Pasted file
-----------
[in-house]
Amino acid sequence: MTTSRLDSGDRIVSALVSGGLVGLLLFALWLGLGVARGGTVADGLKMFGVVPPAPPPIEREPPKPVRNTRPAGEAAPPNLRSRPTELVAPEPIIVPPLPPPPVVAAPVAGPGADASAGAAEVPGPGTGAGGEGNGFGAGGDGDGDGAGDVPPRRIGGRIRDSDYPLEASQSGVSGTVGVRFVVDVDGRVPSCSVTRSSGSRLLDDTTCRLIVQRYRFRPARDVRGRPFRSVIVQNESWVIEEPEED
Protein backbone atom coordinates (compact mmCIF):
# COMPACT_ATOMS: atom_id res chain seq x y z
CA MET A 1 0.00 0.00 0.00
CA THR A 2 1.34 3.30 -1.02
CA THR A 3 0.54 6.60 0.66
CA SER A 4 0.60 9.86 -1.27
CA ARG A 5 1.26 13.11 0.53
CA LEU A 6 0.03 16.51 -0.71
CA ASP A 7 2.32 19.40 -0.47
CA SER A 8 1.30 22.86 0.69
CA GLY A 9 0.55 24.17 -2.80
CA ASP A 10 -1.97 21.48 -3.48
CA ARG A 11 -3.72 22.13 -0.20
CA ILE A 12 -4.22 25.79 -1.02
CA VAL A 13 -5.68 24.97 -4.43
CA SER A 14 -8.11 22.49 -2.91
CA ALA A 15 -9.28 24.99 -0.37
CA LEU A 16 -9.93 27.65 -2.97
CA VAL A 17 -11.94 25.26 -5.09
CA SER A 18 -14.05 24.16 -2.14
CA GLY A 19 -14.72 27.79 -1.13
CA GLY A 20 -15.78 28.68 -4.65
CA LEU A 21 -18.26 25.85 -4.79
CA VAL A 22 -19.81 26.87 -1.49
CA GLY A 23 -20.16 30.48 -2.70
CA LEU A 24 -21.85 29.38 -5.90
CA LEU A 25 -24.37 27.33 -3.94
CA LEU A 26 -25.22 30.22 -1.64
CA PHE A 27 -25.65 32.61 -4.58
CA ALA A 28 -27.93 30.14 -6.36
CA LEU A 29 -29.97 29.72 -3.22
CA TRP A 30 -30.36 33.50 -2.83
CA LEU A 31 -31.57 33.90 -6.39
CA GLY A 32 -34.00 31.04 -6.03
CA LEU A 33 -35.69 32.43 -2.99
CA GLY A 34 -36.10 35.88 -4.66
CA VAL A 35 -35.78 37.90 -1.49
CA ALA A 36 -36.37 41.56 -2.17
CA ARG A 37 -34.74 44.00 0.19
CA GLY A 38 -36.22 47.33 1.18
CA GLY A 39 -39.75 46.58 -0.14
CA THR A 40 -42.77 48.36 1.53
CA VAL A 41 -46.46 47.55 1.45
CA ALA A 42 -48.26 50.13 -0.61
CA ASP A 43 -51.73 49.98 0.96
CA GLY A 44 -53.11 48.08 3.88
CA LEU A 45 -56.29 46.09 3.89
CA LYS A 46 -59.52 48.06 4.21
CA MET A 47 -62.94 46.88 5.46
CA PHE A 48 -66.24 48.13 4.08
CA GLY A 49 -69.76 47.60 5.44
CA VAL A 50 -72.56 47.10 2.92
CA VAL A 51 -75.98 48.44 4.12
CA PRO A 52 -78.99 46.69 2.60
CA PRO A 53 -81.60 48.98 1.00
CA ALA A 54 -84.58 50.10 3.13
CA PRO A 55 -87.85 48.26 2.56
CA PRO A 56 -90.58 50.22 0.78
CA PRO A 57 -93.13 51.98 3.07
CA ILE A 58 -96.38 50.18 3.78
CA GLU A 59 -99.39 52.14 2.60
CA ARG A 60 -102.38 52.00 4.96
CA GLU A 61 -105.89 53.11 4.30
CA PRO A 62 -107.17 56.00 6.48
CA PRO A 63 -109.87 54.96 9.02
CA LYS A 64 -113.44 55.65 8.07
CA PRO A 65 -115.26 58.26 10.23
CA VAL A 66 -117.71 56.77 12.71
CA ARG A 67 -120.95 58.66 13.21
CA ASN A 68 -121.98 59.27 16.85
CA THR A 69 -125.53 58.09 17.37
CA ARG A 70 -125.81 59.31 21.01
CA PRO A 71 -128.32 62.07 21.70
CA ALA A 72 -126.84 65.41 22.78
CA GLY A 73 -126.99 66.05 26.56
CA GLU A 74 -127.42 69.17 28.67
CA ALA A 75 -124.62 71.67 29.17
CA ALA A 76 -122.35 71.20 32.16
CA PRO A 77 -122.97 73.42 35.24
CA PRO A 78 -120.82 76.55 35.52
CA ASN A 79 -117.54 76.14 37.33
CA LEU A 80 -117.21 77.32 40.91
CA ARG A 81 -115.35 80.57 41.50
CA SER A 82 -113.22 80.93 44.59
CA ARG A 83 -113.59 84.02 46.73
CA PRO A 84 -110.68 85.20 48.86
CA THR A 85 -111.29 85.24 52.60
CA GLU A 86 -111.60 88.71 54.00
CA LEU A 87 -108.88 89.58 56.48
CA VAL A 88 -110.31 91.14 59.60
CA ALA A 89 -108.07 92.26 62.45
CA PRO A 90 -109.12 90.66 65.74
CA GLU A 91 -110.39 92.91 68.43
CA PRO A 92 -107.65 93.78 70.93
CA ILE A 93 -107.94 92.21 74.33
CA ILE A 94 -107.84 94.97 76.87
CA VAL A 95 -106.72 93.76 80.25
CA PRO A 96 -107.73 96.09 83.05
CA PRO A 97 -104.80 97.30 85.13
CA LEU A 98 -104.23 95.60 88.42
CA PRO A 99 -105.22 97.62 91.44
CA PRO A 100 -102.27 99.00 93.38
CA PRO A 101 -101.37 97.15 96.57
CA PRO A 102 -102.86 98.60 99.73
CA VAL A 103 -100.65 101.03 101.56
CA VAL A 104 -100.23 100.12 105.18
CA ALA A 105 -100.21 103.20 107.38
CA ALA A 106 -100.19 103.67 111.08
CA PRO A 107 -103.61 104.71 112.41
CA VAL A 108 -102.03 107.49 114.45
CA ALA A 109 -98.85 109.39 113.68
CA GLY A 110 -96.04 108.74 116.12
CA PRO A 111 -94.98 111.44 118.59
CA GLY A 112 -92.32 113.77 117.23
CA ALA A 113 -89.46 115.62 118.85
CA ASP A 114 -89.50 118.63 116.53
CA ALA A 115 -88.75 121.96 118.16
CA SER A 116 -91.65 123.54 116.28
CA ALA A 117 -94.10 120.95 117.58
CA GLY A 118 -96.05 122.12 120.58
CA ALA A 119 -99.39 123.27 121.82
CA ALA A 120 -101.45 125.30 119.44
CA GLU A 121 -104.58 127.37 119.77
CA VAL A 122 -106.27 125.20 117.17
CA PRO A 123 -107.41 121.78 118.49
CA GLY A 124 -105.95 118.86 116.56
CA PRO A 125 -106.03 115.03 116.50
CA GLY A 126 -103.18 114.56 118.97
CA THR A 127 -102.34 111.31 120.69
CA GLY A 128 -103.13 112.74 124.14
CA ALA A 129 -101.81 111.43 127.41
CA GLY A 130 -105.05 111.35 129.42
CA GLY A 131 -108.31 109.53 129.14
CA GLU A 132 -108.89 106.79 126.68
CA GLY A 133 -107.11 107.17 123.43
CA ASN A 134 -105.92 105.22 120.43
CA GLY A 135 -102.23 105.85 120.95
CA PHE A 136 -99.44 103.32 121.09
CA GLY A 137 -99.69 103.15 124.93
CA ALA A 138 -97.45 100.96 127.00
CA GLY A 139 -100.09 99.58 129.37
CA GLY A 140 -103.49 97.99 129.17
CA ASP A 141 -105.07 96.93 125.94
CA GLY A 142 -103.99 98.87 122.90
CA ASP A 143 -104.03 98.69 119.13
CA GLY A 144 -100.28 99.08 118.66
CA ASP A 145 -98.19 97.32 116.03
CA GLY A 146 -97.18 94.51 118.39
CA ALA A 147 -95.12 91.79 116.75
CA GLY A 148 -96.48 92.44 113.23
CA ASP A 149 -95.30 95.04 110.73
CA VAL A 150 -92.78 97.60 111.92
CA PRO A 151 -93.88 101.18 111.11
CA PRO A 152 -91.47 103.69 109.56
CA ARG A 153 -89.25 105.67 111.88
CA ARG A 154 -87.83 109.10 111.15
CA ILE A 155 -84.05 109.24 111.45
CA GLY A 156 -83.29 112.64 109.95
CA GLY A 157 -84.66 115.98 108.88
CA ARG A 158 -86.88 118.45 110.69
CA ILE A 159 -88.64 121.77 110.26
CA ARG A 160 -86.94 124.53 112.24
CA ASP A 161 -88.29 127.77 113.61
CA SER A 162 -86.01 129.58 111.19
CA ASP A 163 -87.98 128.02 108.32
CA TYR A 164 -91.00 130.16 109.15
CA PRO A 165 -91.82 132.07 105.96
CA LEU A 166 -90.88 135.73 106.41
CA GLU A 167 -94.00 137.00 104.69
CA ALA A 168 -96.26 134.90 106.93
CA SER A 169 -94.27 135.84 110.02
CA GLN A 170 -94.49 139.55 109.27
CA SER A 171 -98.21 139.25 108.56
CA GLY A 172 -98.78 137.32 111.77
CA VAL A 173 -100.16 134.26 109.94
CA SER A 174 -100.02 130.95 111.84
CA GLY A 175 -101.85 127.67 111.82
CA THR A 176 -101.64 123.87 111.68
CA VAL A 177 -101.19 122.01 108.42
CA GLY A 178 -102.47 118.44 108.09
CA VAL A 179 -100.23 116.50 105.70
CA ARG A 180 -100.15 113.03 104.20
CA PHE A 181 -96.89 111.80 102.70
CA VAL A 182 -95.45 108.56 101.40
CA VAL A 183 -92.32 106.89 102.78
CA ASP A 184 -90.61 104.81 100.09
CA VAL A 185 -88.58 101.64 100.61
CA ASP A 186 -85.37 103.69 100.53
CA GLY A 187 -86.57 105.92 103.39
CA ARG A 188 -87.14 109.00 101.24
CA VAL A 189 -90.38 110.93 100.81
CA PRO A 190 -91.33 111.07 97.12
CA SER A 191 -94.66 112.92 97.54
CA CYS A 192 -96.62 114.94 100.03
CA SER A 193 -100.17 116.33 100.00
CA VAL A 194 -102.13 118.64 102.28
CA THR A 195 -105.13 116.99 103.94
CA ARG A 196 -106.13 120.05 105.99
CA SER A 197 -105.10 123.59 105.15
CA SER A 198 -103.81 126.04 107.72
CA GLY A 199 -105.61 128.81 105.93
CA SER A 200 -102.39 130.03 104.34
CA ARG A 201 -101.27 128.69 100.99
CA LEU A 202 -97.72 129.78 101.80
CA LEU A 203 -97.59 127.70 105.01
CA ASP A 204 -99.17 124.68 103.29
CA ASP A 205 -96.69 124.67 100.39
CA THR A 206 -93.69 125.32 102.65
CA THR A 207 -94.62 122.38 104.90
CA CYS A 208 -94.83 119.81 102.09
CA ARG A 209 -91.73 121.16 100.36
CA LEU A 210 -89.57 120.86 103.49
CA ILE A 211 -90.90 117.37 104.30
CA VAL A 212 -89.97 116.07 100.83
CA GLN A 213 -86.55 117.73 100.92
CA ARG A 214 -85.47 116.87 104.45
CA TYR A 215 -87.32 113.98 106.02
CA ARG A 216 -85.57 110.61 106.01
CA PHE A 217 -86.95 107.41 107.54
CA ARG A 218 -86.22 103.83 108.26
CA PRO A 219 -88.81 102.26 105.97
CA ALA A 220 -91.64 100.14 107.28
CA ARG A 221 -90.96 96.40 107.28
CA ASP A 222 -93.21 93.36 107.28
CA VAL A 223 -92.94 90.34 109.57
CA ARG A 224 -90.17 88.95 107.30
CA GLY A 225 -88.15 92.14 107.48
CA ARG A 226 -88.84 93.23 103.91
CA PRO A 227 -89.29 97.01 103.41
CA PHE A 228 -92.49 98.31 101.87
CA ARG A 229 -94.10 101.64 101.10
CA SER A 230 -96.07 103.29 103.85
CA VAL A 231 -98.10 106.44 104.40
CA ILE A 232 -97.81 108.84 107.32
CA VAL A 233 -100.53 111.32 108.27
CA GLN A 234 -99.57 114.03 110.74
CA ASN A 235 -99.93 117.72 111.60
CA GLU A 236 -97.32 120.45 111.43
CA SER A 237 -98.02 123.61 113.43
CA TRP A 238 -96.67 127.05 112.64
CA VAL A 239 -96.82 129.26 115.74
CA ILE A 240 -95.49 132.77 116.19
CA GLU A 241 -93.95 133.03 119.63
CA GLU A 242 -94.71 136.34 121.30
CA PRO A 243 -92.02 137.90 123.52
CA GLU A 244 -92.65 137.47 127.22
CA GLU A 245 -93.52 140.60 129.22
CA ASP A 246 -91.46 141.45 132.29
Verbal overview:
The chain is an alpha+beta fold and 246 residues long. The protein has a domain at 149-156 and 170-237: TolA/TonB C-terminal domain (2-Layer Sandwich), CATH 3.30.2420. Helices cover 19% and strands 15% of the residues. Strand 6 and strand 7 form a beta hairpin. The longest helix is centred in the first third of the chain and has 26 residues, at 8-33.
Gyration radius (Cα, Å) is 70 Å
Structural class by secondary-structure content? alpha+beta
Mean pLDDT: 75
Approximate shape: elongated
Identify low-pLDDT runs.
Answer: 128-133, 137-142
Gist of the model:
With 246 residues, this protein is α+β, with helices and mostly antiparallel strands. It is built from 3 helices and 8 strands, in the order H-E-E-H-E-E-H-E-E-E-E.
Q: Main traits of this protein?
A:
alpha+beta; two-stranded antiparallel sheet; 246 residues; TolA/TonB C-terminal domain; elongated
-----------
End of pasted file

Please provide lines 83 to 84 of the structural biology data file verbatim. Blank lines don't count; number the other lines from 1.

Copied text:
CA ASN A 79 -117.54 76.14 37.33
CA LEU A 80 -117.21 77.32 40.91